Associate Professor, University of Western Ontario, Faculty of Information and Media Studies
Stream 1 - the nature and value of identity, anonymity and authentication
Dr. Burkell’s research focuses on the empirical study of the
interaction between people and technology, with a particular emphasis
on the role of cognition in such interactions. Specific aspects of this
research include the impact of presentation on information use and
understanding, the design of human-computer interfaces, and the social
impact of technology. With respect to this latter topic, she is
interested in the impact of computer mediation on communication and the
perception of self. Much of this work focuses on anonymity in online
communication, examining how the psuedonymity offered by online
communication is experienced by online communicators, and how this
experience changes communication behaviour and interpretation. Dr.
Burkell is also involved in research on the credibility of online
information and information sources. Part of this work will focus on
intelligent agents and virtual representatives as information sources,
examining whether the credibility of these sources is assessed
according to the same criteria used to establish the credibility of
human information sources.
Dr. Burkell teaches a variety of
courses relevant to her research methodology expertise and her research
interests. She teaches research methods at both the graduate and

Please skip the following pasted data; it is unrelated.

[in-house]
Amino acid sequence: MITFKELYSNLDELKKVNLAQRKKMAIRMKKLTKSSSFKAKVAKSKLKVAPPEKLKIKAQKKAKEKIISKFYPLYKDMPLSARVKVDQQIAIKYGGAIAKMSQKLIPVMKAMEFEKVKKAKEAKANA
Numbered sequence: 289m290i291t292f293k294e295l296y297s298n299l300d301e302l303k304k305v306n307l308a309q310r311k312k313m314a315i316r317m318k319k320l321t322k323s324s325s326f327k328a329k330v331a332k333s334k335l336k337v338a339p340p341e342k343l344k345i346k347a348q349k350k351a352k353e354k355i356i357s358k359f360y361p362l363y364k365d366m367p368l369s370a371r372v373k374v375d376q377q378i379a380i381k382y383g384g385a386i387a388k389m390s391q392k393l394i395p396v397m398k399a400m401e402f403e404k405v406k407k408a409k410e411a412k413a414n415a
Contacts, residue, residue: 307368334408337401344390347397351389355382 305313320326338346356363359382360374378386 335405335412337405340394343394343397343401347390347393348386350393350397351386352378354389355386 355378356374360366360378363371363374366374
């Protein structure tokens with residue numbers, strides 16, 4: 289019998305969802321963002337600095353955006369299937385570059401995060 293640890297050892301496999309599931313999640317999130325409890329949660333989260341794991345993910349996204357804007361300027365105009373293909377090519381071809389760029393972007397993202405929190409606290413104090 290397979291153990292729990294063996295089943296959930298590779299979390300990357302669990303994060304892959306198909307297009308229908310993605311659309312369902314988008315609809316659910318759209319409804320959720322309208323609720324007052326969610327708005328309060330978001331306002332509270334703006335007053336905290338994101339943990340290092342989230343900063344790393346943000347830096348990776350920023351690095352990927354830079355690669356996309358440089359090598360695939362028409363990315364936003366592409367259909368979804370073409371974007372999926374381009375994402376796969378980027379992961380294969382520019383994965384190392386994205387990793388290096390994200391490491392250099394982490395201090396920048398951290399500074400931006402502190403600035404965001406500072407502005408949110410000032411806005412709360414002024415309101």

undergraduate level, with a focus on both qualitative and quantitative
methods. In addition, she teaches courses on the social impact of
technology, human-computer interface design and information design.
Read our interview with Jacquelyn Burkell
.: works in progres:.
"Privacy Mechanisms and Instant Messaging" (co-authored with Rob Carey)
Not Get Psyched Out of Privacy: Reflections on Withdrawing Consent to
the Collection, Use and Disclosure of Personal Information" forthcoming
in Canadian Journal of Business Law (co-authored with Jennifer Barrigar and Ian Kerr)
"Names, Nyms, Addresses and Reputations: The Experience of Anonymity in the Wired World" (co-authored with Peter West)
Expectations of Privacy: The Psychological Perspective" presented at “A
Reasonable Expectation of Privacy? You be the Judge!”, Workshop
presented at the Computers, Freedom & Privacy Conference, Montréal,
May 1, 2007.
"What's the Frequency, Kenneth? Radio Frequency Identifications and the Future of Humanism" (with Valerie Steeves and Ian Kerr)
“Privacy Policies on Kids’ Favourite Web Sites,” presented at the 6th Annual Privacy and Security Workshop, Privacy and Security: Disclosure, University of Toronto on November 3, 2005. (with Valerie Steeves)
Doors: Strategies for Drafting Privacy Policies Kids Can Understand
(co-authored with Valerie Steeves and Anca Micheti)
"Soft Surveillance, Hard Consent" (2006) 6 Personally Yours 1-14 (co-authored with Jennifer Barrigar, Ian Kerr and Katie Black)
.:id trail mix:.
Negotiating Privacy Decisions: Roadblocks and Detours on the Information Highway
The Erosion of Privacy: Why Don't We Care?